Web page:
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How Residential Earthquake Insurance Works

By May 14, 2018December 18th, 2019Insurance

If you live in an area at high risk for earthquakes, understand that your standard home insurance policy doesn’t cover damage caused by earthquakes. While earthquake insurance is expensive, you stand to lose a lot without it given the potentially extensive damage such a disaster can cause.

Earthquake coverage is available as an endorsement to your home insurance policy or as a separate policy. Consider these factors when you buy a policy.


When deciding on the amount of coverage you want to carry on an earthquake policy, estimating how much it would cost to repair or rebuild your home in a normal construction market may not provide adequate coverage. Material and labor costs often rise significantly following a widespread disaster, such as an earthquake, adding to the previously estimated cost.

Like your standard home insurance policy, earthquake insurance doesn’t pay for everything. Policies have limits and exclusions. For example, some but not all earthquake policies cover other structures, such as a detached garage, situated on the property. Additional exclusions include fences, swimming pools, landscaping, patios, and damage to vehicles.

Building Ordinance Cost coverage is another cost to consider. These are additional costs associated with the enforcement of local building codes. Although your insurance policy may pay toward replacing your home or repairing it to its former condition, earthquake policies generally don’t pay all the extra costs of bringing your home up to current code. The Building Ordinance coverage a policy provides may be rather limited.

Deductible Amount

The deductibles you pay for earthquake insurance help make the premiums affordable. While deductibles, in general, tend to be higher than those for other types of home insurance, paying smaller claims out of pocket keeps insurance rates for earthquake coverage lower.

Deductibles are your way of sharing with your insurance company part of the costs to repair or replace your home following an earthquake disaster. Only after you pay your deductible will your insurance coverage kick in. Some companies simply deduct the amount of your deductible from the amount it pays out.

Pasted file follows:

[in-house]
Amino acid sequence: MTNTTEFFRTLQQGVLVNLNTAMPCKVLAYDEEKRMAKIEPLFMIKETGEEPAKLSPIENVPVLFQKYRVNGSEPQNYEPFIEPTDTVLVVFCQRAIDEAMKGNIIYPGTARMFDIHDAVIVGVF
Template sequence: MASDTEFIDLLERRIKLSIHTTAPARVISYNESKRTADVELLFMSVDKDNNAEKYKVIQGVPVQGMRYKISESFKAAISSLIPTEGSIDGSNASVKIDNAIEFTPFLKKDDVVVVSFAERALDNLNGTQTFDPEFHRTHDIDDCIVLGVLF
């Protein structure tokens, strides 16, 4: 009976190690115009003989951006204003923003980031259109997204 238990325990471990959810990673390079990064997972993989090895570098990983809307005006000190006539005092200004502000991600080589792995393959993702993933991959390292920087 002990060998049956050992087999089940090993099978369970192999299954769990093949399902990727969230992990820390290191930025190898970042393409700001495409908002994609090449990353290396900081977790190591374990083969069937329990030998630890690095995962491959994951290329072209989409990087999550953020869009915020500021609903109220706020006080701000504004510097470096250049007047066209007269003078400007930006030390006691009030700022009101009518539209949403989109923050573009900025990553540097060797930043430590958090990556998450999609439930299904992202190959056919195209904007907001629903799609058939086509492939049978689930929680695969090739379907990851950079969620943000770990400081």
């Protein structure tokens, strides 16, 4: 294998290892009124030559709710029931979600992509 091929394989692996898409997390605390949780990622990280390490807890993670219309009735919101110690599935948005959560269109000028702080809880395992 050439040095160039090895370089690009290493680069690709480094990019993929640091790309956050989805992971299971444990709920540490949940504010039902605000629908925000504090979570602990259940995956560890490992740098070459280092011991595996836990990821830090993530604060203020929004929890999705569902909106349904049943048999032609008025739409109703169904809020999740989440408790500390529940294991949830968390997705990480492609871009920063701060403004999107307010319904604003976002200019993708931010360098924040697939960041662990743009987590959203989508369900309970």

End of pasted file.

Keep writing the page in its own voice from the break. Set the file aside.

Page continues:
Many plans offer different deductible levels. The higher the deductible amount you pay, the lower your premiums. When choosing a deductible amount, consider how much you can afford to pay. Keep in mind, too, that the deductible for earthquake insurance applies to the amount of coverage you choose for your home, not the amount of your loss.

If you buy an earthquake policy that also includes coverage for unattached structures, personal property, and loss of use, you will have a separate deductible for each type of coverage. Earthquake deductibles generally are percentage deductibles instead of a particular dollar amount.

Your Home’s Characteristics

The premiums for earthquake insurance vary; however, insurers consider a few basic factors when setting rates. An insurance company will factor the location of your home into its calculation. Consequently, you will pay higher premiums if your home is in an area prone to earthquake activity.

The age of your home is another key factor insurers take into account. If you live in an older home that wasn’t built to seismic standards to withstand earthquakes, you can expect to pay a higher premium.

Along with the cost to rebuild your home, its size and the number of floors it has impacted your premium. Whether your home is wood frame, brick, or brick veneer also helps determine the rate. In addition, some insurers ask that you meet certain requirements, such as bracing the cripple wall and bolting your home to its concrete foundation, before insuring you.

Once you consider the factors and decide to purchase earthquake insurance, the insurance agents at Callis Insurance can provide you with a quote and help you with the policy details.

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